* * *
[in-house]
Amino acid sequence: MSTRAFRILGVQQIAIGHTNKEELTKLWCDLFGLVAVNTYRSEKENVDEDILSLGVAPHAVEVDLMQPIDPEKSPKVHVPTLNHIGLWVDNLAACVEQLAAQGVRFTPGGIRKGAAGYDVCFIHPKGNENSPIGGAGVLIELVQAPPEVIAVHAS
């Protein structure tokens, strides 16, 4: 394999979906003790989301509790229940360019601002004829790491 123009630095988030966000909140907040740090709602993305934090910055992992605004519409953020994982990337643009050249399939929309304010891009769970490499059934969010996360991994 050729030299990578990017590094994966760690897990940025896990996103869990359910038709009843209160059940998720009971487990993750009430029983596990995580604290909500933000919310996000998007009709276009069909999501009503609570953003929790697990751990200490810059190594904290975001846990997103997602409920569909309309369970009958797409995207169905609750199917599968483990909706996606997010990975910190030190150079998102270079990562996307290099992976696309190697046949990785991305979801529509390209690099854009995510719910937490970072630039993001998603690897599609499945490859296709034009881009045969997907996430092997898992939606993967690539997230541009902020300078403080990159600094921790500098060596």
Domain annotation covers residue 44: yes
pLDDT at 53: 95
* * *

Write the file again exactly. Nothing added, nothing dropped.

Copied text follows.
[in-house]
Amino acid sequence: MSTRAFRILGVQQIAIGHTNKEELTKLWCDLFGLVAVNTYRSEKENVDEDILSLGVAPHAVEVDLMQPIDPEKSPKVHVPTLNHIGLWVDNLAACVEQLAAQGVRFTPGGIRKGAAGYDVCFIHPKGNENSPIGGAGVLIELVQAPPEVIAVHAS
């Protein structure tokens, strides 16, 4: 394999979906003790989301509790229940360019601002004829790491 123009630095988030966000909140907040740090709602993305934090910055992992605004519409953020994982990337643009050249399939929309304010891009769970490499059934969010996360991994 050729030299990578990017590094994966760690897990940025896990996103869990359910038709009843209160059940998720009971487990993750009430029983596990995580604290909500933000919310996000998007009709276009069909999501009503609570953003929790697990751990200490810059190594904290975001846990997103997602409920569909309309369970009958797409995207169905609750199917599968483990909706996606997010990975910190030190150079998102270079990562996307290099992976696309190697046949990785991305979801529509390209690099854009995510719910937490970072630039993001998603690897599609499945490859296709034009881009045969997907996430092997898992939606993967690539997230541009902020300078403080990159600094921790500098060596």
Domain annotation covers residue 44: yes
pLDDT at 53: 95